While homeownership rates remained flat in 2005, homeownership rates have increased substantially over the past five years. According to the U.S. Census Bureau, the national homeownership rate was 68.9 percent in 2005 — up from 67.4 percent in 2000. The small drop in the overall homeownership rate to 68.9 percent in 2005 from 69.0 percent in 2004 was well within the margin of error for sampling variability. The increase in homeownership this decade was not consistent among all age groups. While older households saw negligible increases in homeownership (and even declines in the last year), younger households saw large increases in their homeownership rates.

Younger Generations Expect Higher Income
Last summer’s article A simple model of the housing market by the Federal Reserve Bank of San Francisco looked at age distribution of homeownership and the elasticity of demand.

Even as discussion of the current run-up in house prices points to the extremely favorable demographic conditions for demand, little has been said (lately) about what will happen once these demand conditions ebb. The worst-case scenario for house price declines depends on three factors: an inelastic demand for housing, a fair degree of myopia when forming expectations, and an inelastic supply function. However, recent research in urban economics suggests that two of these factors—expectations formation and the supply response—are probably more flexible than once thought.

Basically the study concluded that:

The effect of the exiting baby boomers on house prices would be gradual, and the overall magnitude of price changes would not be great.

Furthermore, a negative demand shock like the aging and exiting of baby boomers is only one of many factors to consider in anticipating the future of house prices. The productivity gains in the 1990s can be viewed as a positive demand shock. To the extent that younger generations now expect higher permanent income, this increase in expected wealth should help support house prices.





Age And Mix Of Population More Important Than Total Growth
In this 10 year old USC School of Urban Planning and Development article Real Demographics of Housing Demand in the United States population growth has always been recognized as a primary force driving demand, but the new recognition has centered on the ages of potential home buyers–not simply their numbers. Ethnicity, family type, and immigrant or native-born status are also factors to consider, but the age of the population remains the single most important aspect of demographics.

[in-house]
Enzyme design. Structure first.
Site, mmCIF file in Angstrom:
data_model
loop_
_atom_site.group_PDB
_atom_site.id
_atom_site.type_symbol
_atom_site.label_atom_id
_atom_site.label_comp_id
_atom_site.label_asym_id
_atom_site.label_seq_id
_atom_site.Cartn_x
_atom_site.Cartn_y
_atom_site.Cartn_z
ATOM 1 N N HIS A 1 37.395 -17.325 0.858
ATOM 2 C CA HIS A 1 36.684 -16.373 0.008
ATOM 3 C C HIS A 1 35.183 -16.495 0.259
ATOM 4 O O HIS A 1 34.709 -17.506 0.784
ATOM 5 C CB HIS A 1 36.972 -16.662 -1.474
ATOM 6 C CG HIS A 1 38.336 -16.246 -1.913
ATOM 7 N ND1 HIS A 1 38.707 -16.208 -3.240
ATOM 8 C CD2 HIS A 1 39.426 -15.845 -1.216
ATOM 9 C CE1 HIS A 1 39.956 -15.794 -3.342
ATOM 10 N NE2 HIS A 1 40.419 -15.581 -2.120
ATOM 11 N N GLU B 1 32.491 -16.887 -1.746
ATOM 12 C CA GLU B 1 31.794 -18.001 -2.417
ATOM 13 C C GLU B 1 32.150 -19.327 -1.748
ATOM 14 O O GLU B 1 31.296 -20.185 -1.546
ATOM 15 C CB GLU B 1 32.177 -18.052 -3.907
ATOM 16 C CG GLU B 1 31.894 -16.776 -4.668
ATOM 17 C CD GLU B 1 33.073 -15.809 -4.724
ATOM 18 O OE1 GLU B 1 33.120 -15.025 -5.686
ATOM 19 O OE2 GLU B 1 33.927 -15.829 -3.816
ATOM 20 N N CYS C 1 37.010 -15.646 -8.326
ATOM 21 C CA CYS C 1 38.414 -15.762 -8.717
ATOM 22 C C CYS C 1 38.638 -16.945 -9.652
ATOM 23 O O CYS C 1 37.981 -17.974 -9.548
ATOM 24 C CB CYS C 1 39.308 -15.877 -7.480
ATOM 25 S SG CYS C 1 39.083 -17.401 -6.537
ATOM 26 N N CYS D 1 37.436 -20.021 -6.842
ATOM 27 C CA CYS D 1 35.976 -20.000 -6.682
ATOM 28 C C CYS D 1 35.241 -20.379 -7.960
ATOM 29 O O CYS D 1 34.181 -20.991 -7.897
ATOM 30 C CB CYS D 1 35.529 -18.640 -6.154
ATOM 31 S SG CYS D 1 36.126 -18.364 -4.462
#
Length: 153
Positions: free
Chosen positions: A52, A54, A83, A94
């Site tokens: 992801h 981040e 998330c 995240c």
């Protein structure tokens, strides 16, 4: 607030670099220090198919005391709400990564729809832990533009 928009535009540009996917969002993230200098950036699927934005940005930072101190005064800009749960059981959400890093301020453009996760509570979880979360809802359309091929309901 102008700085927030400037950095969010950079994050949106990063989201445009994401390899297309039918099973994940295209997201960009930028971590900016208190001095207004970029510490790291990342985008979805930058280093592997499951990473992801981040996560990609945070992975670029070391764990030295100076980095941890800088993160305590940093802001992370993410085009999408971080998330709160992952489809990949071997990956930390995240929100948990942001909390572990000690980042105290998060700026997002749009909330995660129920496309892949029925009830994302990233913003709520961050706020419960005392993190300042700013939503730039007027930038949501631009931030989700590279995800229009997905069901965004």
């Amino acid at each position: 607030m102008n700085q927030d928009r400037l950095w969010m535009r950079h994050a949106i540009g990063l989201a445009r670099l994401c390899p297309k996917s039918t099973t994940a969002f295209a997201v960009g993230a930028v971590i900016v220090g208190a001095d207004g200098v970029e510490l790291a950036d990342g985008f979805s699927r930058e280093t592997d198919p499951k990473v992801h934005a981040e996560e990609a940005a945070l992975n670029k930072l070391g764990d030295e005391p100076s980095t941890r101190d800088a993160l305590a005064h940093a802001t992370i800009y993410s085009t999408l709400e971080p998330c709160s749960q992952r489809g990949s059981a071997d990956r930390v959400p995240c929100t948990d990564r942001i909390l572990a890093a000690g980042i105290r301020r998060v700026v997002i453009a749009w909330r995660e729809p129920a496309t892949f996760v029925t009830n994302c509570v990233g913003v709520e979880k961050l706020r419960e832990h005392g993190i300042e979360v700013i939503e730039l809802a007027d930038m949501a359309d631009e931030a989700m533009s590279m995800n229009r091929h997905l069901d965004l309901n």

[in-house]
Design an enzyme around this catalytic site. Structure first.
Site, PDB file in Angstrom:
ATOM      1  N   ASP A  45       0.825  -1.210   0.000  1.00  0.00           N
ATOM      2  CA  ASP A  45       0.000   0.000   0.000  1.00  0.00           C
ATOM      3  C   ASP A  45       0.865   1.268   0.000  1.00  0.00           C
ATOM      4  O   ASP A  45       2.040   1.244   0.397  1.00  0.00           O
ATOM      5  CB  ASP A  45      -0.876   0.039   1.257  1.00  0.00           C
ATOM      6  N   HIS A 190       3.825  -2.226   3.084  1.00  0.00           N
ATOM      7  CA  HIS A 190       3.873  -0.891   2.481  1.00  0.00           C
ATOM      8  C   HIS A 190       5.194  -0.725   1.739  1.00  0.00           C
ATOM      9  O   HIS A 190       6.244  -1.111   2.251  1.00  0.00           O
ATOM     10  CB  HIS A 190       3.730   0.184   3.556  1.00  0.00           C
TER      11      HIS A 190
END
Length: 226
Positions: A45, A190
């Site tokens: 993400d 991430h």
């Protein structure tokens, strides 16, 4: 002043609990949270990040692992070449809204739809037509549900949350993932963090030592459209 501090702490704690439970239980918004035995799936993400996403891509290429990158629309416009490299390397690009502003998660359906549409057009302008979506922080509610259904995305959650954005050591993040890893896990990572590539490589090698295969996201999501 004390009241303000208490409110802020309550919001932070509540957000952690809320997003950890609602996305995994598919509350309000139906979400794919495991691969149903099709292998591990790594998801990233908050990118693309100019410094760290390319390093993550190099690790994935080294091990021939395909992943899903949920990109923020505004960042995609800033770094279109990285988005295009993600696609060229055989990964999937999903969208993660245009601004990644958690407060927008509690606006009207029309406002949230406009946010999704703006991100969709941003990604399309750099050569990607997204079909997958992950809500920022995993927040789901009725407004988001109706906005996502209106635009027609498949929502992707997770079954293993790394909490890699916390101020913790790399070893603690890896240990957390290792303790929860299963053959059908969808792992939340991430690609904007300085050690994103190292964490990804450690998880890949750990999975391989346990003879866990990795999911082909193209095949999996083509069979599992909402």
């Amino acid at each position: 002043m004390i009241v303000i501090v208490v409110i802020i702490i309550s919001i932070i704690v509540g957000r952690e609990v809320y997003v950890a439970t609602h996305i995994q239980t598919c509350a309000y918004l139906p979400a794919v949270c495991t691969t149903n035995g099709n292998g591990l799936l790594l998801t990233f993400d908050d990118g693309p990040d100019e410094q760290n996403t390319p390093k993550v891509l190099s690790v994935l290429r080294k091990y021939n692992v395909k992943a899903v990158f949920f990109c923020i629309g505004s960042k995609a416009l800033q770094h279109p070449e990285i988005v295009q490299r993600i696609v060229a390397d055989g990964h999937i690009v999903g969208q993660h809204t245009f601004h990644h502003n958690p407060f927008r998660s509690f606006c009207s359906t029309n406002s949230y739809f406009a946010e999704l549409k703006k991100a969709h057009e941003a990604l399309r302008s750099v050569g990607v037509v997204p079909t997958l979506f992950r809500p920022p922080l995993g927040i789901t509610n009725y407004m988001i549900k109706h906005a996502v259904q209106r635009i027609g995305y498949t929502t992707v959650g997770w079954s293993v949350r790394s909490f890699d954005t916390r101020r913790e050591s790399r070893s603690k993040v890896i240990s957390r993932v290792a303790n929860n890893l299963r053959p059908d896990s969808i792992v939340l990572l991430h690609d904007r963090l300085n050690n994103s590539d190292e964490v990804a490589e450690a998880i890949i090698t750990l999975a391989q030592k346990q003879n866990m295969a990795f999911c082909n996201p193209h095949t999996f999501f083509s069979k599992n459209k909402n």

NYC Forecasts Surge In Population
In fact, city planners in NYC expect the population to continue to rise by another one million people over the next 20 years [NYT]. With the suburbs at capacity, urban areas are not at the same competitive disadvantage as in years past.

Click here for full graphic [NYTimes]

Source: NYTimes

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Tuesday Night Stat-Link Fest

February 1, 2006 | 12:05 am | |

Its been a busy day…here are a few stat links of interest:


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Beige Turns Orange: Economy Expands at the end of 2005

January 20, 2006 | 10:15 am | |

Despite signals by the Federal Reserve that we may be nearing the end of their pattern of measured rate increases [Bloomberg], the economy expanded at the end of 2005.

Economic expansion, can prompt the start of inflation, which could mortgage rates to rise. Its not clear yet whether this should be a concern. There has been some speculation that the economic data in November/December is inflationary only because the economy played catch-up after the two hurricanes caused extensive damage to Gulf states.

The Beige Book is an anecdotal analysis of the economy by 12 regions [Fed]

Here’s the national overview for real estate. There is more detailed discussion in each regional analysis:

Many Districts reported moderation in residential real estate activity, although from a high level. Boston, New York, Cleveland, Richmond, Atlanta, Chicago, and Minneapolis reported some cooling in real estate markets. While some of the hottest markets in the San Francisco District have cooled–for example, Southern California and the San Francisco Bay Area–other areas, such as Oregon and especially Hawaii, have reportedly heated up further. Kansas City and Dallas continued to see strong housing markets. And construction and repair work remained brisk in Louisiana and Mississippi.